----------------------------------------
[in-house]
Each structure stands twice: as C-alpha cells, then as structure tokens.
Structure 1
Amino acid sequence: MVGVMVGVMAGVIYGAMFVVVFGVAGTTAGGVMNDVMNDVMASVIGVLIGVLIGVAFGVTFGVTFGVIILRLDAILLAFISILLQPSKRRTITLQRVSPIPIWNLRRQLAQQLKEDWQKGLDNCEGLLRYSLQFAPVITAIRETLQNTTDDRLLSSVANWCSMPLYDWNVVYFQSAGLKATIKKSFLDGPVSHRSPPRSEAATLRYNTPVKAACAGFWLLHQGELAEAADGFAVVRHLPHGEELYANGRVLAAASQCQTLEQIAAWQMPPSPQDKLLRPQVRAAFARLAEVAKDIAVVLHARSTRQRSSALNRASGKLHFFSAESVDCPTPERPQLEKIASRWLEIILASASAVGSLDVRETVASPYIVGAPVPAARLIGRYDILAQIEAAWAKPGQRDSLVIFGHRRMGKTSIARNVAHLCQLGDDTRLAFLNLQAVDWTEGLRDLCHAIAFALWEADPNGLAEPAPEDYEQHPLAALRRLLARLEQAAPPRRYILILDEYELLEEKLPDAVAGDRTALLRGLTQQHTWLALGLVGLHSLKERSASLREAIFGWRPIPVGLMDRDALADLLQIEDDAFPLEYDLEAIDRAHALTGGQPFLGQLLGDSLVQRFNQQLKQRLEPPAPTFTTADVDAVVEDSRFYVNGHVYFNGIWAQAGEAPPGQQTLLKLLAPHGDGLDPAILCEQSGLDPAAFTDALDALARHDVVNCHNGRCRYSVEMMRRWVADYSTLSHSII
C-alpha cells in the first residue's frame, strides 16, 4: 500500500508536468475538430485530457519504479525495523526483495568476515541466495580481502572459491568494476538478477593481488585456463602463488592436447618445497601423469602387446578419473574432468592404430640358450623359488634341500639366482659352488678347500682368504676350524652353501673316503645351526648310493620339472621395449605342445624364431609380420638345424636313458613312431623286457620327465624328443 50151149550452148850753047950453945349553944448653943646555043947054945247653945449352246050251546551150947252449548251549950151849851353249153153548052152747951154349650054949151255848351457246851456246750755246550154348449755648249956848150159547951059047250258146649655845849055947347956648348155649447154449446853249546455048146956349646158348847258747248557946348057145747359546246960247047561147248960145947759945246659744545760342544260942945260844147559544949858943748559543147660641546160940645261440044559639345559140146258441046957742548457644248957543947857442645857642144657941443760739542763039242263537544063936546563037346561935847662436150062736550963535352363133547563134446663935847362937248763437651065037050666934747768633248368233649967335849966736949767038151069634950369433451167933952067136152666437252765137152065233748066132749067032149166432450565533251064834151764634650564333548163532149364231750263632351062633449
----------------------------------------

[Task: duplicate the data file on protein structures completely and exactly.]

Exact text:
[in-house]
Each structure stands twice: as C-alpha cells, then as structure tokens.
Structure 1
Amino acid sequence: MVGVMVGVMAGVIYGAMFVVVFGVAGTTAGGVMNDVMNDVMASVIGVLIGVLIGVAFGVTFGVTFGVIILRLDAILLAFISILLQPSKRRTITLQRVSPIPIWNLRRQLAQQLKEDWQKGLDNCEGLLRYSLQFAPVITAIRETLQNTTDDRLLSSVANWCSMPLYDWNVVYFQSAGLKATIKKSFLDGPVSHRSPPRSEAATLRYNTPVKAACAGFWLLHQGELAEAADGFAVVRHLPHGEELYANGRVLAAASQCQTLEQIAAWQMPPSPQDKLLRPQVRAAFARLAEVAKDIAVVLHARSTRQRSSALNRASGKLHFFSAESVDCPTPERPQLEKIASRWLEIILASASAVGSLDVRETVASPYIVGAPVPAARLIGRYDILAQIEAAWAKPGQRDSLVIFGHRRMGKTSIARNVAHLCQLGDDTRLAFLNLQAVDWTEGLRDLCHAIAFALWEADPNGLAEPAPEDYEQHPLAALRRLLARLEQAAPPRRYILILDEYELLEEKLPDAVAGDRTALLRGLTQQHTWLALGLVGLHSLKERSASLREAIFGWRPIPVGLMDRDALADLLQIEDDAFPLEYDLEAIDRAHALTGGQPFLGQLLGDSLVQRFNQQLKQRLEPPAPTFTTADVDAVVEDSRFYVNGHVYFNGIWAQAGEAPPGQQTLLKLLAPHGDGLDPAILCEQSGLDPAAFTDALDALARHDVVNCHNGRCRYSVEMMRRWVADYSTLSHSII
C-alpha cells in the first residue's frame, strides 16, 4: 500500500508536468475538430485530457519504479525495523526483495568476515541466495580481502572459491568494476538478477593481488585456463602463488592436447618445497601423469602387446578419473574432468592404430640358450623359488634341500639366482659352488678347500682368504676350524652353501673316503645351526648310493620339472621395449605342445624364431609380420638345424636313458613312431623286457620327465624328443 50151149550452148850753047950453945349553944448653943646555043947054945247653945449352246050251546551150947252449548251549950151849851353249153153548052152747951154349650054949151255848351457246851456246750755246550154348449755648249956848150159547951059047250258146649655845849055947347956648348155649447154449446853249546455048146956349646158348847258747248557946348057145747359546246960247047561147248960145947759945246659744545760342544260942945260844147559544949858943748559543147660641546160940645261440044559639345559140146258441046957742548457644248957543947857442645857642144657941443760739542763039242263537544063936546563037346561935847662436150062736550963535352363133547563134446663935847362937248763437651065037050666934747768633248368233649967335849966736949767038151069634950369433451167933952067136152666437252765137152065233748066132749067032149166432450565533251064834151764634650564333548163532149364231750263632351062633449